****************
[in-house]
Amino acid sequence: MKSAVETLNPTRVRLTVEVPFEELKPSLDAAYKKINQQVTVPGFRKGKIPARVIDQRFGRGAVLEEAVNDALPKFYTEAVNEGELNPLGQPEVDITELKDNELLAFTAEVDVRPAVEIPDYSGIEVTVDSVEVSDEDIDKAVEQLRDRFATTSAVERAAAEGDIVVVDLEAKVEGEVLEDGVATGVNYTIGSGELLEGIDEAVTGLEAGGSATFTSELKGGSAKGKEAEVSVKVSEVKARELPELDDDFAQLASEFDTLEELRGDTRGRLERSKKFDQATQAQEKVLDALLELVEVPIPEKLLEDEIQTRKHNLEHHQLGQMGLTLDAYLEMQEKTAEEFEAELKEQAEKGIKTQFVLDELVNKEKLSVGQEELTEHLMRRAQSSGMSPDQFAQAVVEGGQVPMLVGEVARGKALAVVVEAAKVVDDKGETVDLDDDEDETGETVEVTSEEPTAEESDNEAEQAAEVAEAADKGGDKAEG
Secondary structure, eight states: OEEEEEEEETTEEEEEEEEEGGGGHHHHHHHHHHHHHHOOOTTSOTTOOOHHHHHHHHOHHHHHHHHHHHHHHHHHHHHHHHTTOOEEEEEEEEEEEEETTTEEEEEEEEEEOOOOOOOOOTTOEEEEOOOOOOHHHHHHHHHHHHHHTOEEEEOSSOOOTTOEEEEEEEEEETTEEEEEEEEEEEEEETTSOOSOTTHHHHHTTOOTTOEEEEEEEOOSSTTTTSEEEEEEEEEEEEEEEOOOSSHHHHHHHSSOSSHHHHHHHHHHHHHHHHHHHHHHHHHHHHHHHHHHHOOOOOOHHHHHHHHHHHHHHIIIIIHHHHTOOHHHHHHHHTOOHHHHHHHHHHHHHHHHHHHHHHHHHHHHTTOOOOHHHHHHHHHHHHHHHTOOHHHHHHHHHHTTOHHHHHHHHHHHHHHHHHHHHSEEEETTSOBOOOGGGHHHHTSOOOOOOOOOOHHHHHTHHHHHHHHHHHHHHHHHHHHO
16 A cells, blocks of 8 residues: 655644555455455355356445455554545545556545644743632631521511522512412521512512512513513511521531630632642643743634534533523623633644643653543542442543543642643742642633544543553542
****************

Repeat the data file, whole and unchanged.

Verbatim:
[in-house]
Amino acid sequence: MKSAVETLNPTRVRLTVEVPFEELKPSLDAAYKKINQQVTVPGFRKGKIPARVIDQRFGRGAVLEEAVNDALPKFYTEAVNEGELNPLGQPEVDITELKDNELLAFTAEVDVRPAVEIPDYSGIEVTVDSVEVSDEDIDKAVEQLRDRFATTSAVERAAAEGDIVVVDLEAKVEGEVLEDGVATGVNYTIGSGELLEGIDEAVTGLEAGGSATFTSELKGGSAKGKEAEVSVKVSEVKARELPELDDDFAQLASEFDTLEELRGDTRGRLERSKKFDQATQAQEKVLDALLELVEVPIPEKLLEDEIQTRKHNLEHHQLGQMGLTLDAYLEMQEKTAEEFEAELKEQAEKGIKTQFVLDELVNKEKLSVGQEELTEHLMRRAQSSGMSPDQFAQAVVEGGQVPMLVGEVARGKALAVVVEAAKVVDDKGETVDLDDDEDETGETVEVTSEEPTAEESDNEAEQAAEVAEAADKGGDKAEG
Secondary structure, eight states: OEEEEEEEETTEEEEEEEEEGGGGHHHHHHHHHHHHHHOOOTTSOTTOOOHHHHHHHHOHHHHHHHHHHHHHHHHHHHHHHHTTOOEEEEEEEEEEEEETTTEEEEEEEEEEOOOOOOOOOTTOEEEEOOOOOOHHHHHHHHHHHHHHTOEEEEOSSOOOTTOEEEEEEEEEETTEEEEEEEEEEEEEETTSOOSOTTHHHHHTTOOTTOEEEEEEEOOSSTTTTSEEEEEEEEEEEEEEEOOOSSHHHHHHHSSOSSHHHHHHHHHHHHHHHHHHHHHHHHHHHHHHHHHHHOOOOOOHHHHHHHHHHHHHHIIIIIHHHHTOOHHHHHHHHTOOHHHHHHHHHHHHHHHHHHHHHHHHHHHHTTOOOOHHHHHHHHHHHHHHHTOOHHHHHHHHHHTTOHHHHHHHHHHHHHHHHHHHHSEEEETTSOBOOOGGGHHHHTSOOOOOOOOOOHHHHHTHHHHHHHHHHHHHHHHHHHHO
16 A cells, blocks of 8 residues: 655644555455455355356445455554545545556545644743632631521511522512412521512512512513513511521531630632642643743634534533523623633644643653543542442543543642643742642633544543553542